Push for higher developer fees
THE NSW Government has been swamped with applications from local councils wanting to charge developers higher fees than allowed under recently imposed limits.
And Tweed Shire Council is claiming at least some of the credit for raising awareness of the issue among sister councils with warning that the cap on charges will block provision of basic infrastructure.
Tweed took the issue to a recent regional conference of the NSW local government and shires associations, with the matter now on the agenda for a state conference in June.
That could lead to calls for the government to scrap the limit - set at $20,000 in charges for each new block of land created by a developer - or at least drastically rethink its policy.
The $20,000 limit has hit Tweed hard, because the council had been planing to charge $44,000 or more for many new blocks, particularly those in the planned new townships of Cobaki Lakes and Kings Forest, which together would provide 10,000 more homes.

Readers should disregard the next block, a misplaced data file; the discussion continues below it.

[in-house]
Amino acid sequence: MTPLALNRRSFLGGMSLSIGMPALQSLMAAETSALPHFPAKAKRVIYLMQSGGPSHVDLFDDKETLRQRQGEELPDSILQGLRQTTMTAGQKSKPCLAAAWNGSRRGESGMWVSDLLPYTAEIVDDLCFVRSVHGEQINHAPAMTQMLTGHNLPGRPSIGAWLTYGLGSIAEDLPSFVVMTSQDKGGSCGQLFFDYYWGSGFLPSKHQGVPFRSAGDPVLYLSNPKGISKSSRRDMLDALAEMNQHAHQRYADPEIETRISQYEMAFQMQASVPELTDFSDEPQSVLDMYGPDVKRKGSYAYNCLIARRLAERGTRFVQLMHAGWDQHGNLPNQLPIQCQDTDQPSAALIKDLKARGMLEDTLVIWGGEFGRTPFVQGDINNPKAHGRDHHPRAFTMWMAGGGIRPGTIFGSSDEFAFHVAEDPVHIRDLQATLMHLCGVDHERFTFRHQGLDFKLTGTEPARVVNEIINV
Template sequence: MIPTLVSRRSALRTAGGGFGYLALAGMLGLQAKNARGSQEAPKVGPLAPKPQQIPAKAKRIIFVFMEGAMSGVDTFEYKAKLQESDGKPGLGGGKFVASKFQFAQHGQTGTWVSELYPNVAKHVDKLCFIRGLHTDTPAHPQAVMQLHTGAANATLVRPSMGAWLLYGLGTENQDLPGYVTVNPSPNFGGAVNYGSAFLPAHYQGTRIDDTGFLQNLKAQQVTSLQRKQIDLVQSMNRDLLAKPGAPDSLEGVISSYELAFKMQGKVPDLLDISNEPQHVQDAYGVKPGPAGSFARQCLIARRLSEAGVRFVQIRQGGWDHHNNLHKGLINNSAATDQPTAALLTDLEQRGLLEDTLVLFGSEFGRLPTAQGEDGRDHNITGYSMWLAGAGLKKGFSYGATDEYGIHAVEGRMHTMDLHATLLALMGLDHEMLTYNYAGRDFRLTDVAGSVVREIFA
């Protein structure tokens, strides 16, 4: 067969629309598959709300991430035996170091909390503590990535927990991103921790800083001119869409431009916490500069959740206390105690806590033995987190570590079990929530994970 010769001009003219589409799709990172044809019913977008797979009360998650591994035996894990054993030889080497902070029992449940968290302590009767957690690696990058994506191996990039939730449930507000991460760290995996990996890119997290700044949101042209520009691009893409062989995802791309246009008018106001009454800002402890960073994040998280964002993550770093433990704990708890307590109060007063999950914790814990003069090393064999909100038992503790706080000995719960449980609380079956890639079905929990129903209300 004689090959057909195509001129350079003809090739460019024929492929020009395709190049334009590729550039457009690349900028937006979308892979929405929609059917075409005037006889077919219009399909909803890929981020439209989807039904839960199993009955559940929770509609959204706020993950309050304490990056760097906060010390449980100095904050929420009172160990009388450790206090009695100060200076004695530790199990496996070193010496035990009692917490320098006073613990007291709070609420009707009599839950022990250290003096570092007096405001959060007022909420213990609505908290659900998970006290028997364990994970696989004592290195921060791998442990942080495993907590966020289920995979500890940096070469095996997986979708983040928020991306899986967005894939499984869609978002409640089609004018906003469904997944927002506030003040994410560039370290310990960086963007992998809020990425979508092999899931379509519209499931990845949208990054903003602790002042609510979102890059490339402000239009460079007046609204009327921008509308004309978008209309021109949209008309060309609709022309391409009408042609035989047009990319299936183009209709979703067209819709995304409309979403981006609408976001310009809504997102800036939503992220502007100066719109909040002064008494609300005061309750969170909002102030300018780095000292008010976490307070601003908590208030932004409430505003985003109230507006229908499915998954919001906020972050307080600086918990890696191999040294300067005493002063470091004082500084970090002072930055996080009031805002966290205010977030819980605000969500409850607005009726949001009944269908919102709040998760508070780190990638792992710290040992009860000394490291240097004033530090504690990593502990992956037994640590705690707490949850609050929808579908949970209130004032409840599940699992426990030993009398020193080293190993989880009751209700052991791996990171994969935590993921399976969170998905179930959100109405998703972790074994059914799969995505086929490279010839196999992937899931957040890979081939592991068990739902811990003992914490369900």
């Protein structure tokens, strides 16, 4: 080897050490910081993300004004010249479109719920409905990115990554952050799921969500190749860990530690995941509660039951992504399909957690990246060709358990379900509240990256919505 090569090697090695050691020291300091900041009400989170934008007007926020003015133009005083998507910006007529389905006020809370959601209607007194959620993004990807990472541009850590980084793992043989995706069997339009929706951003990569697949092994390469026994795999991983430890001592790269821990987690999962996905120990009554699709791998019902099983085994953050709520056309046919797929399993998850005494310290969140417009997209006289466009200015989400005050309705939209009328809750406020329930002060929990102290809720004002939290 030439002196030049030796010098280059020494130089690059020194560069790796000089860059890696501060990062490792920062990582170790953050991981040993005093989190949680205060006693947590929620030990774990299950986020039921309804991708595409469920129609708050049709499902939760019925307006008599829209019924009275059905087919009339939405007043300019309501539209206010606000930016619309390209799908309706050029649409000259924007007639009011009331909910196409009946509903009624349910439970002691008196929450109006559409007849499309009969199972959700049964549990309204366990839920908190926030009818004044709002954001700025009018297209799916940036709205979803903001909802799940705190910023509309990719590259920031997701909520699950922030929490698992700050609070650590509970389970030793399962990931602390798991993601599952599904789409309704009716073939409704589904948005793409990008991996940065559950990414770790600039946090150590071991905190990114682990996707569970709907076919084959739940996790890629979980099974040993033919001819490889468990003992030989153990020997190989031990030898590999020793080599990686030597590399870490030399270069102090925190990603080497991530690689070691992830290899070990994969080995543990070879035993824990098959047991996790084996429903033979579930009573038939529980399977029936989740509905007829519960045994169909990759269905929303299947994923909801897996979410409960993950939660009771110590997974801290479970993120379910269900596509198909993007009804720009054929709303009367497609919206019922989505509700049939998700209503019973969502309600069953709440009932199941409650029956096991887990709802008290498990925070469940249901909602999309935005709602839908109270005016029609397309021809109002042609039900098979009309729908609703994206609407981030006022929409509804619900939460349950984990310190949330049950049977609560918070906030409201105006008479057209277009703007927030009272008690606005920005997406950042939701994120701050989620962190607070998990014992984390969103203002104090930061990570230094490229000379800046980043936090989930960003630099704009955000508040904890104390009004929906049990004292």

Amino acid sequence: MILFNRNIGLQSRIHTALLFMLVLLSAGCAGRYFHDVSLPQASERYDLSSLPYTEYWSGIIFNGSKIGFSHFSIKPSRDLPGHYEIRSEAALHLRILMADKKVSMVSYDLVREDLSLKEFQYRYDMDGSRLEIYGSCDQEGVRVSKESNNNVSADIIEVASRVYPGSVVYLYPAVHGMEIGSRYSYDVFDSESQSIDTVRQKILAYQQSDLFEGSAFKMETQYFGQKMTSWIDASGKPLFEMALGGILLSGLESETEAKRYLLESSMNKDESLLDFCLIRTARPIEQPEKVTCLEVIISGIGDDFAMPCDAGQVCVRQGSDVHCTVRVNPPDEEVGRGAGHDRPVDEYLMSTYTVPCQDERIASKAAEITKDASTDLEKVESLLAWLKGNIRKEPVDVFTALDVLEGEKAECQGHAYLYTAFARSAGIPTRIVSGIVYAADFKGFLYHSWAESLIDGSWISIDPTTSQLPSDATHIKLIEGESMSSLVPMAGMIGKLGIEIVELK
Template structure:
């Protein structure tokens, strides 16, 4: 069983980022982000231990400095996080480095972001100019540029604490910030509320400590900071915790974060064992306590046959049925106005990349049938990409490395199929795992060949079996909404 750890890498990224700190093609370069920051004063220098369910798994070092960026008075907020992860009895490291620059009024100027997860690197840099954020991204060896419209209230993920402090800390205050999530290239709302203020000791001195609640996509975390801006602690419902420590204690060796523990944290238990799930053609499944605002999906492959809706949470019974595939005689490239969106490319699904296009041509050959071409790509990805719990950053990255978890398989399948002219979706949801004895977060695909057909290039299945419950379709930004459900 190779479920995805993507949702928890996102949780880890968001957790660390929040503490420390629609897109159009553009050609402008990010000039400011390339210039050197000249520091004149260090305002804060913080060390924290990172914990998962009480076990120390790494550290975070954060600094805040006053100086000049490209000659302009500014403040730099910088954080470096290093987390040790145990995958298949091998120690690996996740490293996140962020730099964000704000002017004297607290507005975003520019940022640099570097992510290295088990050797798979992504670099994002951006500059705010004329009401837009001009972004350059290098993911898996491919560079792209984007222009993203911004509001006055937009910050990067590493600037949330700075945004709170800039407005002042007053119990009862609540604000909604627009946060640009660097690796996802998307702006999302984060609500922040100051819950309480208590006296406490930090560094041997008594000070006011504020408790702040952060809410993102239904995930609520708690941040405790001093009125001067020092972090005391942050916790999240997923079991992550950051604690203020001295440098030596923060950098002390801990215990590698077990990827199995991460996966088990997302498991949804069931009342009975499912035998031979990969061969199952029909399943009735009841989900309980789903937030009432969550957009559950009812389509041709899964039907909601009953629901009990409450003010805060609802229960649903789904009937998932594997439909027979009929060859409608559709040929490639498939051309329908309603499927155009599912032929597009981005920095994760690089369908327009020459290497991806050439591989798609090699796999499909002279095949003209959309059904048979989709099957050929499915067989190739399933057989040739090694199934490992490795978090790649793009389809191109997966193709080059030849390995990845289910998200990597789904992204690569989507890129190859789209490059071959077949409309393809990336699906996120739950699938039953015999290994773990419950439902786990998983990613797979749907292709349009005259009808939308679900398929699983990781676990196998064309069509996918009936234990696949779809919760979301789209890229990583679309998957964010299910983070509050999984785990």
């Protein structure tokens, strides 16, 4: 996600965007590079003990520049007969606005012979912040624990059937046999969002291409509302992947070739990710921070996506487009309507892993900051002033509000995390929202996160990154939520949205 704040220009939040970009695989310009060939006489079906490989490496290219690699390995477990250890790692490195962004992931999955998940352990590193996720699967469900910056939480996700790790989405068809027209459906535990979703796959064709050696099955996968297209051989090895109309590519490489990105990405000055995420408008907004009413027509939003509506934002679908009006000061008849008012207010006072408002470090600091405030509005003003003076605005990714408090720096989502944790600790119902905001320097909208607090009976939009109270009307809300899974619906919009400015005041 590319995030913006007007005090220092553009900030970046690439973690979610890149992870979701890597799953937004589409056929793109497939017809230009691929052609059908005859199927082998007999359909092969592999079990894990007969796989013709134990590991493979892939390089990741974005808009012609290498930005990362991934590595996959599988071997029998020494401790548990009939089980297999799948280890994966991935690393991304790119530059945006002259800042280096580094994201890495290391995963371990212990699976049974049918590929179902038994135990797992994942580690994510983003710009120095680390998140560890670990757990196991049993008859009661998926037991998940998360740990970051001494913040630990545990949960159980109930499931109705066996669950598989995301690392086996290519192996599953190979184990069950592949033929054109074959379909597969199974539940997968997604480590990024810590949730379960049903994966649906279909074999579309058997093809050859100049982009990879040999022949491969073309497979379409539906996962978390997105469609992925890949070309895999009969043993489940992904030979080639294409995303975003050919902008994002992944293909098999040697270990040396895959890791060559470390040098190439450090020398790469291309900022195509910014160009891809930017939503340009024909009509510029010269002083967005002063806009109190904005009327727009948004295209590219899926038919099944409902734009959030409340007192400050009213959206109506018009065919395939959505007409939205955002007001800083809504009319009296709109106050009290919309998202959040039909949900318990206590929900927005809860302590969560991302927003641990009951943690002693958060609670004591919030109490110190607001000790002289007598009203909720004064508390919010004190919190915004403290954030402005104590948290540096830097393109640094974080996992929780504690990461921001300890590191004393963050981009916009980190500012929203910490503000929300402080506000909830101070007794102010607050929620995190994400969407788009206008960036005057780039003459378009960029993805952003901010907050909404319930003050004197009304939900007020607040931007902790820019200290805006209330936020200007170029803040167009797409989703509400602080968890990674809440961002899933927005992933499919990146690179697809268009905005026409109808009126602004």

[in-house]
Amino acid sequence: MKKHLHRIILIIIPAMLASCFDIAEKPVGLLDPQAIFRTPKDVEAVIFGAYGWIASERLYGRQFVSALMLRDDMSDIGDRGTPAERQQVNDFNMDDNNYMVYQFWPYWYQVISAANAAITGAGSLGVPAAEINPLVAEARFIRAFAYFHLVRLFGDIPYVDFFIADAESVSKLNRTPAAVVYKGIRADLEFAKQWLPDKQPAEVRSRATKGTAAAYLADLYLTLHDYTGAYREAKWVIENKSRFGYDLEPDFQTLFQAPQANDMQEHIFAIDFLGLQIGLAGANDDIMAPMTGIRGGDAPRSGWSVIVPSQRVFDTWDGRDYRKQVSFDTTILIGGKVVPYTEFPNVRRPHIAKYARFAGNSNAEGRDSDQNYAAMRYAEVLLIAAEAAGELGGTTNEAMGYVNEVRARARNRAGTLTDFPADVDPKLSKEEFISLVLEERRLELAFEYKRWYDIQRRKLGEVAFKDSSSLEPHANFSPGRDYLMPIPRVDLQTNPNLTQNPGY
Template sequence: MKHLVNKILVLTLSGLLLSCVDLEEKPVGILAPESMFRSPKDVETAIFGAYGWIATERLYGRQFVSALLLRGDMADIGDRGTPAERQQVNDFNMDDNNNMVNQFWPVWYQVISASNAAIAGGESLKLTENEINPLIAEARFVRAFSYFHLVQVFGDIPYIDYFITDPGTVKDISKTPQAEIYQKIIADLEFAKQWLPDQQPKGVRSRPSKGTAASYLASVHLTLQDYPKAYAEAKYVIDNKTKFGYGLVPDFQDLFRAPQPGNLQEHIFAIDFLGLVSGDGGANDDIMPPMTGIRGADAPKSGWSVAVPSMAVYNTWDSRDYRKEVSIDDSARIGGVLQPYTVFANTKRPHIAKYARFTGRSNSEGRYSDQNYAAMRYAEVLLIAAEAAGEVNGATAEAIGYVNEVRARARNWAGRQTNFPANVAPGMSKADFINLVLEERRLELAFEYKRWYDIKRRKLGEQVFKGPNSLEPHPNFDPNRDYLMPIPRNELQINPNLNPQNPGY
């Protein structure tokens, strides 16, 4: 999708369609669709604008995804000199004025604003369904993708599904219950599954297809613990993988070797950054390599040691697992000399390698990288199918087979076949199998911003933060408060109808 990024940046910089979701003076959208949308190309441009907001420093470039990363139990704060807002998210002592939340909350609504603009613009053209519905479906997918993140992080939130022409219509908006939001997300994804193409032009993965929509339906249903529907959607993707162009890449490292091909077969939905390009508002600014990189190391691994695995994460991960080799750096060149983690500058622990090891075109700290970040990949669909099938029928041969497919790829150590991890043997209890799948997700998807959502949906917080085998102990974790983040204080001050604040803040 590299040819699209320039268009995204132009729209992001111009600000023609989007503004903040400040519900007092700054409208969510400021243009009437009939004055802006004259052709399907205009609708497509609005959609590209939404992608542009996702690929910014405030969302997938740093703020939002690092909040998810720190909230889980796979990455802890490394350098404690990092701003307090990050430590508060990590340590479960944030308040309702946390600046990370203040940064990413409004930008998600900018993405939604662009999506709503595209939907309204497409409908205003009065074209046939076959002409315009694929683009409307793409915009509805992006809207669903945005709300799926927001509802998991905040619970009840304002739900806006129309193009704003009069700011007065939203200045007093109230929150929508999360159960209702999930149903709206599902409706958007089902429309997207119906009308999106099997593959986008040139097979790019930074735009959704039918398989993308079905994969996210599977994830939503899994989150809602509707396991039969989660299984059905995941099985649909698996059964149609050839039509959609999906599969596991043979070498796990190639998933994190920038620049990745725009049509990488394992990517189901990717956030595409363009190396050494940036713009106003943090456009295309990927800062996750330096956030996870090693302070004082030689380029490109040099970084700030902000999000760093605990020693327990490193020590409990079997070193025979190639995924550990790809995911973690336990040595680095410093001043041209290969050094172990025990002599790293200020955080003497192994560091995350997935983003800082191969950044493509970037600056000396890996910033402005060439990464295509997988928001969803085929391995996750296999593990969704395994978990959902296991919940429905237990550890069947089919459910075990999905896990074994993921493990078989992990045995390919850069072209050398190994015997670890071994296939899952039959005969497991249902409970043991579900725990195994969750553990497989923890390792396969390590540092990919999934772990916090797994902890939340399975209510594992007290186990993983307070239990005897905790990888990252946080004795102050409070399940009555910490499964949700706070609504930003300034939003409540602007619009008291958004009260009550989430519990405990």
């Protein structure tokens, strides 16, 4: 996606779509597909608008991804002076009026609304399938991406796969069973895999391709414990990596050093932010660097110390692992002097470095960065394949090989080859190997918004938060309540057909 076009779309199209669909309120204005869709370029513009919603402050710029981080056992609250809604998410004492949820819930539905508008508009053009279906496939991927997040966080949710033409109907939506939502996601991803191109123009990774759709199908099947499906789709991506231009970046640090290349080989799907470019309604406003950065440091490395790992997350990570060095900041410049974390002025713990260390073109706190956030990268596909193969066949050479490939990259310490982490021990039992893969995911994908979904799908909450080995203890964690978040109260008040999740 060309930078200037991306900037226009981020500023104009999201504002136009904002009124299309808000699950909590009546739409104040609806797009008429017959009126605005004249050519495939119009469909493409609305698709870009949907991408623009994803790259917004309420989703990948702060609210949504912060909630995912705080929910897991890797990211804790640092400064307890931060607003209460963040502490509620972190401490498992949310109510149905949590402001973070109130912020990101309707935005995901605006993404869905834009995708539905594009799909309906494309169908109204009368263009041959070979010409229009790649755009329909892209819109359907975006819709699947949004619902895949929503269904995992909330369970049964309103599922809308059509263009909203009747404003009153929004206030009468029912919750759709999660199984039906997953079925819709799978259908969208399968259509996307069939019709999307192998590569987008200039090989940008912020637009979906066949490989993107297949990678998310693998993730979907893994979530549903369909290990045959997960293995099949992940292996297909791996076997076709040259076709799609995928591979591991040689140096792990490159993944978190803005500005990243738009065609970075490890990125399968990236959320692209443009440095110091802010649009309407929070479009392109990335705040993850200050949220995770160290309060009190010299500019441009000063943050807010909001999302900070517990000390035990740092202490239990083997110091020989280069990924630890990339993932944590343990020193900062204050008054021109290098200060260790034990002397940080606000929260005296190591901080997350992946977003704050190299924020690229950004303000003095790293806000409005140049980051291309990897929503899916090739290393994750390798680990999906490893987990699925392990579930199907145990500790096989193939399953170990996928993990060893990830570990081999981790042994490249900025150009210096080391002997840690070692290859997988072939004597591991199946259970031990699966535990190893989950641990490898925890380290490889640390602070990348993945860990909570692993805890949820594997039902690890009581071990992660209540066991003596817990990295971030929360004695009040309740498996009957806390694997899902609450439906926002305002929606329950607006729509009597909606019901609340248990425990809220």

“It's just another bungle by the state government,” a leading critic of the fees cap, Tweed councillor Warren Polglase said yesterday.
“The argument that this would provide affordable housing is a complete furphy. The affordability of land depends on supply and demand.”
Cr Polglase said the fees cap would leave the council out of pocket for a huge range of services from water and sewerage to parks, libraries and surf lifeguards.
“Infrastructure is not going down in price. It's going up in price,” he said.
“We would be out of pocket as a council.
“The costs should come out of the developers' pockets, not out of ratepayers' pockets.”
Increasing rates bills, he warned, would hit existing residents rather than those choosing to move to the area.
After years of determining their own developer levies, known as Section 94 contributions, councils were warned last year to keep charges down to $20,000 per residential lot from April 30.